This player, whose favorite country singer is Rascall Flatts, has an older brother who plays shortstop in the Major Leagues. He owns a Fox Red Lab and likes watching Family Guy. While playing for New Hampshire, he hit multiple home runs to right field, so his agent sent him a T-shirt that said "oppo taco" with his face on it. It later became the team home run slogan. Who is he?
The setup pitch
The Royals lead the best-of-seven series, 2-1, with Game 4 at Citi Field Saturday at 8:07 pm ET on FOX.
Chris Young, who came in to get the victory in the Royals' wild, 5-4, 14-inning marathon win in Game 1, isn't concerned about starting for the Royals on three days' rest. He threw 53 pitches, striking out the side in the 12th inning.
"No, I came in (Thursday) and got my normal routine in and am just treating it as normal start," Young said. "Like I've said, I'm here to do whatever the team needs, whether that relieve or start. My body feels fine. I'm not worried about bouncing back."
Young, a 36-year-old veteran, has shown an ability to shift between starting and relief work during his career. He signed as a free agent with the Royals during Spring Training and was used primarily in a setup role early in the season. He moved into the rotation in mid-May and remained there until the end of July before being sent back to the bullpen after the Royals acquired Johnny Cueto at the Trade Deadline.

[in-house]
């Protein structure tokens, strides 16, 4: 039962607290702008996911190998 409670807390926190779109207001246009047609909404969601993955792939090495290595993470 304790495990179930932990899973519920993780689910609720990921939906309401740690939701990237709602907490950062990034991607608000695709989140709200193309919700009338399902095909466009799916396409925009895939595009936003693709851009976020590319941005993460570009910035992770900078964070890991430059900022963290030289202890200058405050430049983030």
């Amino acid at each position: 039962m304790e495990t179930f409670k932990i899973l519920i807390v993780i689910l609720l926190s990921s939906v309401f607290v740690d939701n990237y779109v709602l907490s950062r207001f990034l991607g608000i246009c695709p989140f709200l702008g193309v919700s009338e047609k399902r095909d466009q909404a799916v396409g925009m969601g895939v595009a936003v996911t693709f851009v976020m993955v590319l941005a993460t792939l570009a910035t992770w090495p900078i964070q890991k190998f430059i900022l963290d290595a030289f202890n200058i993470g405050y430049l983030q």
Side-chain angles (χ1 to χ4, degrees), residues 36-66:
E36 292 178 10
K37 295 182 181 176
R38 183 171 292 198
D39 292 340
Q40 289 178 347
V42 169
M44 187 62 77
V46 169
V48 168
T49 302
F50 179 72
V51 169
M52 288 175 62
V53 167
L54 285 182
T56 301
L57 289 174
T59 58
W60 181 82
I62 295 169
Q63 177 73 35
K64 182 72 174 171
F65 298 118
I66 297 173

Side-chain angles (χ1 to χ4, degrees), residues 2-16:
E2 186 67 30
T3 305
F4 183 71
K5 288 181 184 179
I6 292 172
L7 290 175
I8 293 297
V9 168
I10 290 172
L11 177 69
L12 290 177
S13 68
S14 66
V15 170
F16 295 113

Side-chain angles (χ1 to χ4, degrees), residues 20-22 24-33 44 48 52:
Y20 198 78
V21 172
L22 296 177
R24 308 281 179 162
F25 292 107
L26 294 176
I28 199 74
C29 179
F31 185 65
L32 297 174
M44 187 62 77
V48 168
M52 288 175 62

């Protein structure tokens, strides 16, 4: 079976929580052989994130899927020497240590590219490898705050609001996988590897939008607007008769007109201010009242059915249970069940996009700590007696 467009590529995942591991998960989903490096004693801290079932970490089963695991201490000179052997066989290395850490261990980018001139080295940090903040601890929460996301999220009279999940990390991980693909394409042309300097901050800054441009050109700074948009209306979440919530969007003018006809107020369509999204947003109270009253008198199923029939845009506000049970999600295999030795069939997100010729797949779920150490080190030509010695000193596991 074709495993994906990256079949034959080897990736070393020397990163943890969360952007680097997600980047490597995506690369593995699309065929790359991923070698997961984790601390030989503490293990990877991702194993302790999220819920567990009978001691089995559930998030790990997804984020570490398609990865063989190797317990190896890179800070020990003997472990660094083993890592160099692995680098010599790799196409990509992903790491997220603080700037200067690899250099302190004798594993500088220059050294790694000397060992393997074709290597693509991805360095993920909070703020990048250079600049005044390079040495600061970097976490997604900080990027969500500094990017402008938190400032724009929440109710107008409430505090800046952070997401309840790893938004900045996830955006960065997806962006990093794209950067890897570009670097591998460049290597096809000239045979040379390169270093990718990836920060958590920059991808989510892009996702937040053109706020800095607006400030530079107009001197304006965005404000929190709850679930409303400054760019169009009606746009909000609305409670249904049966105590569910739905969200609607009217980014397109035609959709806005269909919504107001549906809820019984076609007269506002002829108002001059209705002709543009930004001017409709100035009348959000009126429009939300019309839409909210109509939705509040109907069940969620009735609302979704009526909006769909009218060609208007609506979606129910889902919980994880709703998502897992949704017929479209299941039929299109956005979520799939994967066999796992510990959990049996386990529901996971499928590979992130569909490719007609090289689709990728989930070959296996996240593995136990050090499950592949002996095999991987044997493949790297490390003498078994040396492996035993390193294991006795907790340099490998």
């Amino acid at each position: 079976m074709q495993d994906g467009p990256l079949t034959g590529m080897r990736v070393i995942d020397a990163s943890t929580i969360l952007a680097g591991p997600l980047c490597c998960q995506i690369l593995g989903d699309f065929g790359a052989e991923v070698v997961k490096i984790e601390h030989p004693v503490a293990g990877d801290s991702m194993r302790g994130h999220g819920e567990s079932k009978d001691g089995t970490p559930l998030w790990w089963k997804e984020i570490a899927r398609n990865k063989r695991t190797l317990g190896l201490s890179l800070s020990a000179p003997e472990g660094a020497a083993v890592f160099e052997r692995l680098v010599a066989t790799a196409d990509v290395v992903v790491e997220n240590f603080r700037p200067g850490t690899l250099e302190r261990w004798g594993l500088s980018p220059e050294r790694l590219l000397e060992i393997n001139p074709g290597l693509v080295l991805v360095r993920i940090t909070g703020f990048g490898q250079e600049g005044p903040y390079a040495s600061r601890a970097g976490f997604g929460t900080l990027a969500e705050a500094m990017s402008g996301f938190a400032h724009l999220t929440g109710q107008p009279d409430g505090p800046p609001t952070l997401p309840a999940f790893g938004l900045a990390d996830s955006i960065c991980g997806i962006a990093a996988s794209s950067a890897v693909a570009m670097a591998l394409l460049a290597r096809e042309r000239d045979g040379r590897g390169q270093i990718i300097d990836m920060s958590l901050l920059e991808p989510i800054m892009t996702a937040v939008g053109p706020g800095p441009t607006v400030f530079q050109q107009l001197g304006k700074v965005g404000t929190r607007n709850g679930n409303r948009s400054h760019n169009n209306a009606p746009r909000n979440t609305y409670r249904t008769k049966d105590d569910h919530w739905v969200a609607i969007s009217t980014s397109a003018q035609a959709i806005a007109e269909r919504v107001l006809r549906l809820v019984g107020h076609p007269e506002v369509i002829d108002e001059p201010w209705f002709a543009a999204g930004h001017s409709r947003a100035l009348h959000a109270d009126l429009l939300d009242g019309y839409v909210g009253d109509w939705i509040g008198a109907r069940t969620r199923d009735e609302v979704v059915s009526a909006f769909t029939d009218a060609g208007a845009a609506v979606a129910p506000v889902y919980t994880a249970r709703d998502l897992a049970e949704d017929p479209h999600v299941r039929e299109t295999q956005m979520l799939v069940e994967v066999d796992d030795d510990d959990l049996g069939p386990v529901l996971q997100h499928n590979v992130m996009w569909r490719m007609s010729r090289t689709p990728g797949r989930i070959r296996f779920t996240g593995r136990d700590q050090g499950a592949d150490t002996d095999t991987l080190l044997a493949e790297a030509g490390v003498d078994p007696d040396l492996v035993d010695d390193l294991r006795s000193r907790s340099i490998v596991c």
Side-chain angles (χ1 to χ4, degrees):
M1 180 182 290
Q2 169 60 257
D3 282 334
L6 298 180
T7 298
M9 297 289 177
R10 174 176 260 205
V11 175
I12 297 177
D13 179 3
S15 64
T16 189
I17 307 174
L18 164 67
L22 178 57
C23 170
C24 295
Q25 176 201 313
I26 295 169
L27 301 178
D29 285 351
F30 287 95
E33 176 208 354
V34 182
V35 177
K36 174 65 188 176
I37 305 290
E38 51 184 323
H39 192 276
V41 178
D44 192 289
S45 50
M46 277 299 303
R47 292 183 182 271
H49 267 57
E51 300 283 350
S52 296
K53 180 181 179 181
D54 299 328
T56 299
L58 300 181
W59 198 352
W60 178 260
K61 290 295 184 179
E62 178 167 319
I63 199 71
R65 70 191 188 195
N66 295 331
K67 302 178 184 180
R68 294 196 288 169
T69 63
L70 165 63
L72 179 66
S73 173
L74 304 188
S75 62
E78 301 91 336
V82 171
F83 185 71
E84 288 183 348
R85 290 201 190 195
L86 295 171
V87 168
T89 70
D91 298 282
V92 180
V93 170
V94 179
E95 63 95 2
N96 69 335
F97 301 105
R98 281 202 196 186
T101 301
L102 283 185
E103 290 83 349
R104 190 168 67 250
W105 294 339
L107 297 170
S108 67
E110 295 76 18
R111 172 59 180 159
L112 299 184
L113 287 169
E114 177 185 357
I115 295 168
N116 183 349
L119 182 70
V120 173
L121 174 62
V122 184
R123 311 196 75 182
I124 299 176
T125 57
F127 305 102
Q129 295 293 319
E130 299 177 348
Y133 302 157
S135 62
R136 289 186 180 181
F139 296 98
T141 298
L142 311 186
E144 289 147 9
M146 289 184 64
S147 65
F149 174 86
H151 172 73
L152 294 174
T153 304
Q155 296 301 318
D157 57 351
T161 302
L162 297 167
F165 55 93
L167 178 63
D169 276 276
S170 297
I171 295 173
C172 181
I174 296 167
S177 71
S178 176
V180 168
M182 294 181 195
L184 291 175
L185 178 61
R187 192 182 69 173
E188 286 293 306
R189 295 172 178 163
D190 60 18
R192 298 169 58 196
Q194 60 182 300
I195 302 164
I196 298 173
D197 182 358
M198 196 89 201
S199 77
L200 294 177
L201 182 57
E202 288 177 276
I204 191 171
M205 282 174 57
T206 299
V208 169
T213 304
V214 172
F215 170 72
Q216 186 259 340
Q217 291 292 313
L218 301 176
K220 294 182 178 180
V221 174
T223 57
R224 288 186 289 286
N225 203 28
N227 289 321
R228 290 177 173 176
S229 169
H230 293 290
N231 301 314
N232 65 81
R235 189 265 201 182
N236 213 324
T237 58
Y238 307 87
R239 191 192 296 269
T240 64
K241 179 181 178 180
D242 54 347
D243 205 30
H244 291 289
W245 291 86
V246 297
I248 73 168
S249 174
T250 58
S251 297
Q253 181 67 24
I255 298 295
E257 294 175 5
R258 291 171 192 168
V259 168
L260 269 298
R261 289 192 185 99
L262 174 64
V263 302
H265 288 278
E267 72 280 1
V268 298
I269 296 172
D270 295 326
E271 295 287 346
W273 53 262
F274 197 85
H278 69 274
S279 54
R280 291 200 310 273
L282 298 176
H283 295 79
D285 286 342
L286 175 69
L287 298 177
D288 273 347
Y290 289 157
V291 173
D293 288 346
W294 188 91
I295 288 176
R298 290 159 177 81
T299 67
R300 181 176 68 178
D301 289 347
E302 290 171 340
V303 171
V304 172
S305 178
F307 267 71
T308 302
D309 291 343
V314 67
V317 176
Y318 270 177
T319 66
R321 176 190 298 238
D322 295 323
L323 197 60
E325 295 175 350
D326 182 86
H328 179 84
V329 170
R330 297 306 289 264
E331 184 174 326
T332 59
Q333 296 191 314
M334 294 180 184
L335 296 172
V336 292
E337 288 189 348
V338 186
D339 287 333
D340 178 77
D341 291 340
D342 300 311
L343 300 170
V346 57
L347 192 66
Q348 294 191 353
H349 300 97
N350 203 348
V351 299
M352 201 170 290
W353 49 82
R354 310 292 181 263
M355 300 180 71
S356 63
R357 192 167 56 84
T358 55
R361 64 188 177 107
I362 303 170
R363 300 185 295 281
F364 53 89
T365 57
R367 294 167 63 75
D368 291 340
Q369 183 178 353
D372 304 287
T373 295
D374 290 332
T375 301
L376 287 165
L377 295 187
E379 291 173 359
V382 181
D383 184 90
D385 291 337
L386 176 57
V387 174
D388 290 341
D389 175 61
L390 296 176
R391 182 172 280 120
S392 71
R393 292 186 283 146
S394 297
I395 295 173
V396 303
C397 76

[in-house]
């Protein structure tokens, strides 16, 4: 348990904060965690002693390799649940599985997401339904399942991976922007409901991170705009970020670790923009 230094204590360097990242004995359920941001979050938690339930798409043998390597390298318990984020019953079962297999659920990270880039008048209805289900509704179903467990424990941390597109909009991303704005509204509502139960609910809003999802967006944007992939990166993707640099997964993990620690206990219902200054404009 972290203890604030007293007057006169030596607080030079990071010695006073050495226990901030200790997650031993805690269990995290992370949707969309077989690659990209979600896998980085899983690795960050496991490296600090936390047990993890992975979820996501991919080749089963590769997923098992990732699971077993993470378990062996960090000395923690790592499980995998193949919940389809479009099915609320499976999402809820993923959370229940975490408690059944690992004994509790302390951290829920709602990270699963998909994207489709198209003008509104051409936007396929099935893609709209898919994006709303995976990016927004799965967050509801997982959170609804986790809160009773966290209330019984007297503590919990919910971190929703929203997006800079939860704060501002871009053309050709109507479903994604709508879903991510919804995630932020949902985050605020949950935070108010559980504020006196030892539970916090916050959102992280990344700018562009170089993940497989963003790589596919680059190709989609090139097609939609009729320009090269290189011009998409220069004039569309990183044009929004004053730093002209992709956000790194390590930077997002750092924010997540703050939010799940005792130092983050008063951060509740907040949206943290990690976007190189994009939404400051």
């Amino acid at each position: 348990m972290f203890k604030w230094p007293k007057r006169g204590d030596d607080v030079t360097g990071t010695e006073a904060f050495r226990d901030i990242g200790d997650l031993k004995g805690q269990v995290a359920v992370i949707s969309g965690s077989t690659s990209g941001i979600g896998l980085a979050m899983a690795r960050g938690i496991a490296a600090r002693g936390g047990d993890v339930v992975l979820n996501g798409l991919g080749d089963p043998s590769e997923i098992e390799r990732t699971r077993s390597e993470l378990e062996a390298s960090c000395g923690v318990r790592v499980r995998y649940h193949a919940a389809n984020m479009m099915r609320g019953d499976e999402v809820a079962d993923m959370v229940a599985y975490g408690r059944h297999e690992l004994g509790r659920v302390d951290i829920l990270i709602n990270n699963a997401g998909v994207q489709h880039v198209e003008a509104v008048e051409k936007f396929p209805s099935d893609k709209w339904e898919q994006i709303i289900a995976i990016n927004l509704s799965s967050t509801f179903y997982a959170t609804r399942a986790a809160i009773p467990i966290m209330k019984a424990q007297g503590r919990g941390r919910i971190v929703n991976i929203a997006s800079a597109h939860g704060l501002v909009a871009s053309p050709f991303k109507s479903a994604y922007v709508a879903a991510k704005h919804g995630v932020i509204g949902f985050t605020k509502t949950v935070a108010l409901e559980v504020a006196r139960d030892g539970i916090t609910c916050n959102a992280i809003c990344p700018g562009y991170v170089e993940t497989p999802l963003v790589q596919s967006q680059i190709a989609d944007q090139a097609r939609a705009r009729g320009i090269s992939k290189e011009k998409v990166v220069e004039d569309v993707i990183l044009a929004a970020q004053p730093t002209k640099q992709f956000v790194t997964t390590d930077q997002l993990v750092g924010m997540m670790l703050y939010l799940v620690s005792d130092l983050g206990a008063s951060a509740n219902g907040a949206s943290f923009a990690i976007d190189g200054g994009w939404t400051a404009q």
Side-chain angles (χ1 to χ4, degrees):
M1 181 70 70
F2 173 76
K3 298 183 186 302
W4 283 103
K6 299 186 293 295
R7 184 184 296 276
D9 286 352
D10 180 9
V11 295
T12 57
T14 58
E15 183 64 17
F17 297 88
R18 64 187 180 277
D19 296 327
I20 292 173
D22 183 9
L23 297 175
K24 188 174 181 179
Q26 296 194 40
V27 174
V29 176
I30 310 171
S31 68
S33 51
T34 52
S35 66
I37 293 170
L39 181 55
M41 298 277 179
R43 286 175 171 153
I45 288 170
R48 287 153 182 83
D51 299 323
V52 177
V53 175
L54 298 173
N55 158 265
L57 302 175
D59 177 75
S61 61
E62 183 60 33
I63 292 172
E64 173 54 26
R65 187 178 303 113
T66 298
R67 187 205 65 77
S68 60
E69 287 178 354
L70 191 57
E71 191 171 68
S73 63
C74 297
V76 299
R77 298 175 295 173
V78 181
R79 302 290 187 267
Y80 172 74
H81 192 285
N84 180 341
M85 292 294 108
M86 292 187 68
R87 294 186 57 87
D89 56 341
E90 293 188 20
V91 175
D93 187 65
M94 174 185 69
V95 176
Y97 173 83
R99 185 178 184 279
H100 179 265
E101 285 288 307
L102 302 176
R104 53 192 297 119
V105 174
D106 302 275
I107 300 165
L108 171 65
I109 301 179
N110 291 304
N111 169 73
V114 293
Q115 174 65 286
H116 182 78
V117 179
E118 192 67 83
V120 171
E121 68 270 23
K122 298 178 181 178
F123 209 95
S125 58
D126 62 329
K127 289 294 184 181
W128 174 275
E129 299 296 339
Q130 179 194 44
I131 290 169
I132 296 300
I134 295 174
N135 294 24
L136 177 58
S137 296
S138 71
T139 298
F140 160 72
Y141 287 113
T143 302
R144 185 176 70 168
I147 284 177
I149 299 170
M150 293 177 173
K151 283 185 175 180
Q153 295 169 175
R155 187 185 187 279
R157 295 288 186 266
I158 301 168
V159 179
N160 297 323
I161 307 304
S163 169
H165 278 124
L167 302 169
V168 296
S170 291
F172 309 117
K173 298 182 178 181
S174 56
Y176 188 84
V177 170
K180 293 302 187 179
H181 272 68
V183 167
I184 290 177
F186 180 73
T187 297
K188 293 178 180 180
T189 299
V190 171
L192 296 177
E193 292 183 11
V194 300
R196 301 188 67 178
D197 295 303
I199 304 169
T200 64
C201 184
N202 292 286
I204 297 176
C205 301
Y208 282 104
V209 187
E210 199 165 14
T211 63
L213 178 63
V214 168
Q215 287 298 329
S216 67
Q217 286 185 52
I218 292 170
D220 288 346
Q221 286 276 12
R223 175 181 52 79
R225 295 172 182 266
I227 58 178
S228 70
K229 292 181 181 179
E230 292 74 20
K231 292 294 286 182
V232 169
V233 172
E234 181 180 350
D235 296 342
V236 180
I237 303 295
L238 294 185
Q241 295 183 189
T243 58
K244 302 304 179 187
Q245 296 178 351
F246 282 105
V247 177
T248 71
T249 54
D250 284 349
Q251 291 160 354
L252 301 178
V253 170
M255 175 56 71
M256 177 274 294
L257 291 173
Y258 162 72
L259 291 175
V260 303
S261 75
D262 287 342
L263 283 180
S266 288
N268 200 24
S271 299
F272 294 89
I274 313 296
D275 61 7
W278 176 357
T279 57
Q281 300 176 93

The childhood dream comes true
Mets Game 4 starter Steven Matz was spending the night with his parents and driving to Citi Field Saturday afternoon from his boyhood home in Stony Brook, Long Island, where he grew up living this moment over and over again.
"I think we all have," Matz said. "This is where you want to be in baseball. This is the dream. So, yeah, definitely have. This is what you write up in your backyard when you're playing Wiffle ball."
Matz, who began the season with Class A Port St. Lucie and was 4-0 with a 2.27 ERA in six regular-season starts after reaching the Majors in June, is starting for the third time in the playoffs. He allowed three runs in five innings in a Game 4 loss to the Dodgers in the NLDS, and then held the Cubs to one run over 4 2/3 innings in the clinching win in Game 4 of the NLCS.
Like many kids in the eastern part of the New York area, the Mets' rookie left-hander was a Mets fan.